The SDR hardware sold online usually includes an antenna. These antenna are not suitable to pickup radio transmissions that are low powered or distant. Here is an example of NOAA weather radio that is transmitted about 15 miles from my location.
This first image is with the standard antenna shipped with the SDR adapter.
The signal noise ratio is narrow, meaning the noise floor is high and the signal ceiling is low. The audio is noisy and hard to hear. This next image is with a handheld radio antenna. The noise is lower, but so is the signal. This is mainly because the antenna is attenuating the signal because it is designed for use with 433Mhz RF.
The third image is from an wide band high gain antenna that is mounted 20 feet above ground. The signal is much stronger, however there are shadows on each side of the carrier signal.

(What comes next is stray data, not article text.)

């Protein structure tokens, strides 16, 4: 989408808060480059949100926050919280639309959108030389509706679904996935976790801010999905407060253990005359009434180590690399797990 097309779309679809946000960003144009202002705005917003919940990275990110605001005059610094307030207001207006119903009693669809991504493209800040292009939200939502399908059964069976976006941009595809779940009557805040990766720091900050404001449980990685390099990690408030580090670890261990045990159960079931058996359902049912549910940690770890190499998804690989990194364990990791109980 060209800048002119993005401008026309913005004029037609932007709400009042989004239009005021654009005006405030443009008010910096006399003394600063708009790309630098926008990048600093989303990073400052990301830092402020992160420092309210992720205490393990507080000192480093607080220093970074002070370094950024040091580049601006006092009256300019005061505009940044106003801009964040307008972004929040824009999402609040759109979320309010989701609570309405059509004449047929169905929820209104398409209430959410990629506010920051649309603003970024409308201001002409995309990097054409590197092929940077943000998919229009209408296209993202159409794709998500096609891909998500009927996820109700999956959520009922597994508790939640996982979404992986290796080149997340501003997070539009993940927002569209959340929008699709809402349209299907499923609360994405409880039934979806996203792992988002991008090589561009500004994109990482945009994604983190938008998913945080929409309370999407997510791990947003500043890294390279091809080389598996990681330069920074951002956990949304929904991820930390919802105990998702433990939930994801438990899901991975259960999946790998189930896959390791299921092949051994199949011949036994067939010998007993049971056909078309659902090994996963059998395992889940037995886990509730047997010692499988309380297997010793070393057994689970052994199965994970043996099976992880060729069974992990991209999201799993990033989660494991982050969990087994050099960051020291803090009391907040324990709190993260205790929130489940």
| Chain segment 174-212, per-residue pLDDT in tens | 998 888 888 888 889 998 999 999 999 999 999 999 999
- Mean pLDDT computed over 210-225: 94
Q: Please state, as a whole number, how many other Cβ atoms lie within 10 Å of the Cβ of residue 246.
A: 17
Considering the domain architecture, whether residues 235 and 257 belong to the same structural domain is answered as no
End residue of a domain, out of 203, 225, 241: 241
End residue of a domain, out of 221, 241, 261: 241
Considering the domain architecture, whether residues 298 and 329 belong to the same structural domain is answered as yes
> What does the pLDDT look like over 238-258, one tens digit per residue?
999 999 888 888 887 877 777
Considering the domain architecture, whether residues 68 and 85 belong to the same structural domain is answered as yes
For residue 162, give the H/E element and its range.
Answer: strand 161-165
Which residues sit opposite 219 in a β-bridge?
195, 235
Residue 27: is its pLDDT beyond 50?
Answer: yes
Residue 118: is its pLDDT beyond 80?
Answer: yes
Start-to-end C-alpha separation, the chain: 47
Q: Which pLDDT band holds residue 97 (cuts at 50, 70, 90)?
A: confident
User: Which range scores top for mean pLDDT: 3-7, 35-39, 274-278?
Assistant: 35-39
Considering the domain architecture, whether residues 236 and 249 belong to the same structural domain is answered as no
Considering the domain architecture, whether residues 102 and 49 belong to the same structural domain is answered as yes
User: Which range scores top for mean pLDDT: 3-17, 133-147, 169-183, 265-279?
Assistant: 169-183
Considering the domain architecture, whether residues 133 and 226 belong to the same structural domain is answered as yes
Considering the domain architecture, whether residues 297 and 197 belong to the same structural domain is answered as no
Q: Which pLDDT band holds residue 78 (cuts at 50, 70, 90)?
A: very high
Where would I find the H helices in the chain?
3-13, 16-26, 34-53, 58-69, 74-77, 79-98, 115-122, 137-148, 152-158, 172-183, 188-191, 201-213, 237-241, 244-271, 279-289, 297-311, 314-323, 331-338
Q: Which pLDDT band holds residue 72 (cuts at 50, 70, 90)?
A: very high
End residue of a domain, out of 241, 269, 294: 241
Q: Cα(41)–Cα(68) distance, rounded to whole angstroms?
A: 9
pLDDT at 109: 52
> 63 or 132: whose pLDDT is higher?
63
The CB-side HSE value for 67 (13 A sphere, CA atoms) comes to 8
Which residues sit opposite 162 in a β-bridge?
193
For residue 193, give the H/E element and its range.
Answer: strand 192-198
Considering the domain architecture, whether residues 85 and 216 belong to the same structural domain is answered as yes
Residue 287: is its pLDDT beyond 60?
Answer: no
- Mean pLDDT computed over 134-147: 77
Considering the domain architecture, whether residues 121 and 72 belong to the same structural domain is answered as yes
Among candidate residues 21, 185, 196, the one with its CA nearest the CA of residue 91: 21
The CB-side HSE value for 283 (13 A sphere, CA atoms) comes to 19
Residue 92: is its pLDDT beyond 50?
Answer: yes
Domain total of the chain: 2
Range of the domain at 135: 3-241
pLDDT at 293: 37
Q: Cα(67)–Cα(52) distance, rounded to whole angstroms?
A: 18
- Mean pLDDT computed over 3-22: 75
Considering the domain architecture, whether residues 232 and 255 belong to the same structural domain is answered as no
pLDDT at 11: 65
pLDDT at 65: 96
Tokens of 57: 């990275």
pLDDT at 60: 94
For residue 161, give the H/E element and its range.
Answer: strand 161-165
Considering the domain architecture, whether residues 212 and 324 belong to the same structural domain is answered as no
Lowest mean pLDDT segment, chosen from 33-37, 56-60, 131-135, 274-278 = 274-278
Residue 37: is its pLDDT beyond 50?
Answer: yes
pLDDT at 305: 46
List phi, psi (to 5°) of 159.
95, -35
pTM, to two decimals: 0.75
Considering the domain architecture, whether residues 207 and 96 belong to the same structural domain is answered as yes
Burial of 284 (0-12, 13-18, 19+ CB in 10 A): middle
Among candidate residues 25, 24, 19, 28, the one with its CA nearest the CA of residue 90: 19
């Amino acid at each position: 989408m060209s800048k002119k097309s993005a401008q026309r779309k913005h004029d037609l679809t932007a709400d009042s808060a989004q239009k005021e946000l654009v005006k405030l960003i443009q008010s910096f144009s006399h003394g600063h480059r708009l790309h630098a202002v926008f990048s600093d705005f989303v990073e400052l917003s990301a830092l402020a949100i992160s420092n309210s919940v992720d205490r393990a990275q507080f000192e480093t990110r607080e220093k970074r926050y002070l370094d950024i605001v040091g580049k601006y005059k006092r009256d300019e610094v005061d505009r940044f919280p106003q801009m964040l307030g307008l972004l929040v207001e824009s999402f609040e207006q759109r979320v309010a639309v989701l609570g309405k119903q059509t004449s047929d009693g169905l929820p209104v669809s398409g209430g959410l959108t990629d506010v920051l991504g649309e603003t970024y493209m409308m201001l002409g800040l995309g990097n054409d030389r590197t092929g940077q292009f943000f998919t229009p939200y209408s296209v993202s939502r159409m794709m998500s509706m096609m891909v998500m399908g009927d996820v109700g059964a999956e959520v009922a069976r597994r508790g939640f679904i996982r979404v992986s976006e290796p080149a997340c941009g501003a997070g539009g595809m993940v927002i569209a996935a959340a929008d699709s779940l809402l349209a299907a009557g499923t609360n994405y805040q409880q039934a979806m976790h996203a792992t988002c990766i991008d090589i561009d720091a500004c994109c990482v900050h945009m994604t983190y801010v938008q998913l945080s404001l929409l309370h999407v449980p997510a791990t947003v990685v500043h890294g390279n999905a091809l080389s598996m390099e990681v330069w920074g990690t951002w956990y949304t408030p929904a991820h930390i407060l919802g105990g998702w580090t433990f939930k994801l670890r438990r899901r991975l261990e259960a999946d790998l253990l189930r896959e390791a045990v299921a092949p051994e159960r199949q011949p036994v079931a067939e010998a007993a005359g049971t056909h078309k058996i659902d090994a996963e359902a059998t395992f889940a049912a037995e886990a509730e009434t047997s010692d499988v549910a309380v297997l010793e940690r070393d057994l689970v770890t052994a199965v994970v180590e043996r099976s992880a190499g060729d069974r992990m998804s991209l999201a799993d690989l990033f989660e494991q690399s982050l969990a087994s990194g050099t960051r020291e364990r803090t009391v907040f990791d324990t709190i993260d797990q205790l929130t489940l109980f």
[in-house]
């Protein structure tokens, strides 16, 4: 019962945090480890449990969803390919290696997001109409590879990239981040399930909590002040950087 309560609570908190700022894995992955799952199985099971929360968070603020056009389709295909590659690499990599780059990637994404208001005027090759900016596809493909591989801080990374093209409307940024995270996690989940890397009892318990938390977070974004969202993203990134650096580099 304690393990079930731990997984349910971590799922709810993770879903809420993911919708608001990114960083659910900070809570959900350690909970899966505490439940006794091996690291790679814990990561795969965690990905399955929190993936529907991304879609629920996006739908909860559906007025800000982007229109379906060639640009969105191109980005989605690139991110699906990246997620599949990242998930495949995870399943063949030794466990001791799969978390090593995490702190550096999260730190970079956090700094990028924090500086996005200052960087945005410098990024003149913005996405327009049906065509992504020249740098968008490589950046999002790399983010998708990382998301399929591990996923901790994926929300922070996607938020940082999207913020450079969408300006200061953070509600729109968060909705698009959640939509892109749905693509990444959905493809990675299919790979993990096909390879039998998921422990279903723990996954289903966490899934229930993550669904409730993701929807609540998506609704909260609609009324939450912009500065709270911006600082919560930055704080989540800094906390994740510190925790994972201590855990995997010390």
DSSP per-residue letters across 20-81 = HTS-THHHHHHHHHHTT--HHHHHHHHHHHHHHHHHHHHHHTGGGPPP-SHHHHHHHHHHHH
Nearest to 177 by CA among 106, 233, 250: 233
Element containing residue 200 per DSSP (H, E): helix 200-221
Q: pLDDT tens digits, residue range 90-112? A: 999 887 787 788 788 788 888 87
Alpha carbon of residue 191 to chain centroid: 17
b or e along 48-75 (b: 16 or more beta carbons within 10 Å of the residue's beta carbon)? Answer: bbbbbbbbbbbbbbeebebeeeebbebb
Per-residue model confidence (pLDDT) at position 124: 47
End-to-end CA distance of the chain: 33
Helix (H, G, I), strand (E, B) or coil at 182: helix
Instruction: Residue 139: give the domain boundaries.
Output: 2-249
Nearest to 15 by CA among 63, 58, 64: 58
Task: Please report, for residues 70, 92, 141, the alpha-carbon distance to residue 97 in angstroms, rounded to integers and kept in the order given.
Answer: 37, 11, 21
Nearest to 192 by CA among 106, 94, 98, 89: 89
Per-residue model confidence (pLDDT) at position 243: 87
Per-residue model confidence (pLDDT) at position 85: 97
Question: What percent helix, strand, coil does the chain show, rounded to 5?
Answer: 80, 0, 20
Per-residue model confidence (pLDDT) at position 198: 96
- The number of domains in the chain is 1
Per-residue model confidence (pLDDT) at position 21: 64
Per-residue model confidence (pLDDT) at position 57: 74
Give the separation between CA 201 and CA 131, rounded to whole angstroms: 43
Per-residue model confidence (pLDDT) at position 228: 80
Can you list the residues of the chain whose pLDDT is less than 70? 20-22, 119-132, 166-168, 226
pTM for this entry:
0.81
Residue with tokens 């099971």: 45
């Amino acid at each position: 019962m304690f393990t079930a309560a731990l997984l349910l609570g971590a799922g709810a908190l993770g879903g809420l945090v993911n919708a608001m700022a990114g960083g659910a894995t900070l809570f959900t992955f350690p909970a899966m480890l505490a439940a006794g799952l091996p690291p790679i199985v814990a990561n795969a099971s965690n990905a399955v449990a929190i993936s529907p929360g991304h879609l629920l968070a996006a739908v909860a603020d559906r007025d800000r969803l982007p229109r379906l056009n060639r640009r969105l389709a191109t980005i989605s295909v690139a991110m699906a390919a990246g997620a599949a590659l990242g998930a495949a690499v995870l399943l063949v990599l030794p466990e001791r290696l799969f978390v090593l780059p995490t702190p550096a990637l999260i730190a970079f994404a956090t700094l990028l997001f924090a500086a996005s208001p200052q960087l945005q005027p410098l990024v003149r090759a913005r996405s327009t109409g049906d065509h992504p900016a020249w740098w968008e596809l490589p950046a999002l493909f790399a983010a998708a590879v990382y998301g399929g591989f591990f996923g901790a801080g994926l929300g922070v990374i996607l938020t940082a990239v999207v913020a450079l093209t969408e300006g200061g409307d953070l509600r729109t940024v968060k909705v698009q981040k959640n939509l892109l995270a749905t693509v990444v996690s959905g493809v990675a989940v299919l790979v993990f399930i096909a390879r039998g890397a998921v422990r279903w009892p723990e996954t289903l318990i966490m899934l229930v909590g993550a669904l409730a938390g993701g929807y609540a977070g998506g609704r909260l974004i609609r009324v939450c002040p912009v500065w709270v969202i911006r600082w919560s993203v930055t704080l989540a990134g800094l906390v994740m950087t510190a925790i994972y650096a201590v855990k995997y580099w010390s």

The shadow RF is because the antenna is directional and is currently pointing north, instead of 128 degrees to the South East. I used a map to to plot distance and bearing here, with 11.4 = adj, 8.9 = opp, on a right angle. See https://www.calculator.net/triangle-calculator.html?vc=&vx=8.9&vy=&va=90&vz=11.4&vb=&angleunits=d&x=74&y=27. The following image is after changing the direction of the antenna.
It’s easy to see that the RF reflection is gone, along with less noise between spoken words. This video covered the topic of antenna tuning with the use of test equipment.
As always, I hope you have enjoyed what you find here and look forward to seeing you back.